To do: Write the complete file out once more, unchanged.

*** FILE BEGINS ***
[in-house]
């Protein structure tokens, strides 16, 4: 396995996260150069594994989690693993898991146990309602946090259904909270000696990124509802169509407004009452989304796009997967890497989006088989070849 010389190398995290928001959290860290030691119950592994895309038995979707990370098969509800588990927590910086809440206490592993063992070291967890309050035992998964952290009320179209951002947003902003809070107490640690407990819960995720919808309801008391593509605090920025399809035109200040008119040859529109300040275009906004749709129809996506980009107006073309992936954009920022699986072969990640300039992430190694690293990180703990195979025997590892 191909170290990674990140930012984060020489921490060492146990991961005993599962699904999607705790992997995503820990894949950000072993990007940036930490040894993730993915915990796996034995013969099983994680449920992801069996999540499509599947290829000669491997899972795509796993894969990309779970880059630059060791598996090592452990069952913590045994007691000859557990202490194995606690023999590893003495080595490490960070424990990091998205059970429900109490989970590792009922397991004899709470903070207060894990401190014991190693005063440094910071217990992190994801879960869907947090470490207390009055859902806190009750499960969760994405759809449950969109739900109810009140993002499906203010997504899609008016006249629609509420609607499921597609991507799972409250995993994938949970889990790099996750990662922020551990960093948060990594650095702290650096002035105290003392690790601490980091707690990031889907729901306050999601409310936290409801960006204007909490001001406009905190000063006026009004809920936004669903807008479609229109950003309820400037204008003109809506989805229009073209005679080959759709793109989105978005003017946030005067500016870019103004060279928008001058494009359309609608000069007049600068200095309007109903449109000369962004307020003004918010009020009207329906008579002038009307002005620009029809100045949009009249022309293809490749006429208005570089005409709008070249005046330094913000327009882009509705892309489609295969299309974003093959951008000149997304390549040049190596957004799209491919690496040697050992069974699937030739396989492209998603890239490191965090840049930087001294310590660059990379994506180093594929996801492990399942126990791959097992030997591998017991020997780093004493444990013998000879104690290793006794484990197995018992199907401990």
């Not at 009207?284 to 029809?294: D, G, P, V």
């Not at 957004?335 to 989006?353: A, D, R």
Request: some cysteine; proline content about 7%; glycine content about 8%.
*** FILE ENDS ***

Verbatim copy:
[in-house]
């Protein structure tokens, strides 16, 4: 396995996260150069594994989690693993898991146990309602946090259904909270000696990124509802169509407004009452989304796009997967890497989006088989070849 010389190398995290928001959290860290030691119950592994895309038995979707990370098969509800588990927590910086809440206490592993063992070291967890309050035992998964952290009320179209951002947003902003809070107490640690407990819960995720919808309801008391593509605090920025399809035109200040008119040859529109300040275009906004749709129809996506980009107006073309992936954009920022699986072969990640300039992430190694690293990180703990195979025997590892 191909170290990674990140930012984060020489921490060492146990991961005993599962699904999607705790992997995503820990894949950000072993990007940036930490040894993730993915915990796996034995013969099983994680449920992801069996999540499509599947290829000669491997899972795509796993894969990309779970880059630059060791598996090592452990069952913590045994007691000859557990202490194995606690023999590893003495080595490490960070424990990091998205059970429900109490989970590792009922397991004899709470903070207060894990401190014991190693005063440094910071217990992190994801879960869907947090470490207390009055859902806190009750499960969760994405759809449950969109739900109810009140993002499906203010997504899609008016006249629609509420609607499921597609991507799972409250995993994938949970889990790099996750990662922020551990960093948060990594650095702290650096002035105290003392690790601490980091707690990031889907729901306050999601409310936290409801960006204007909490001001406009905190000063006026009004809920936004669903807008479609229109950003309820400037204008003109809506989805229009073209005679080959759709793109989105978005003017946030005067500016870019103004060279928008001058494009359309609608000069007049600068200095309007109903449109000369962004307020003004918010009020009207329906008579002038009307002005620009029809100045949009009249022309293809490749006429208005570089005409709008070249005046330094913000327009882009509705892309489609295969299309974003093959951008000149997304390549040049190596957004799209491919690496040697050992069974699937030739396989492209998603890239490191965090840049930087001294310590660059990379994506180093594929996801492990399942126990791959097992030997591998017991020997780093004493444990013998000879104690290793006794484990197995018992199907401990």
């Not at 009207?284 to 029809?294: D, G, P, V």
């Not at 957004?335 to 989006?353: A, D, R």
Request: some cysteine; proline content about 7%; glycine content about 8%.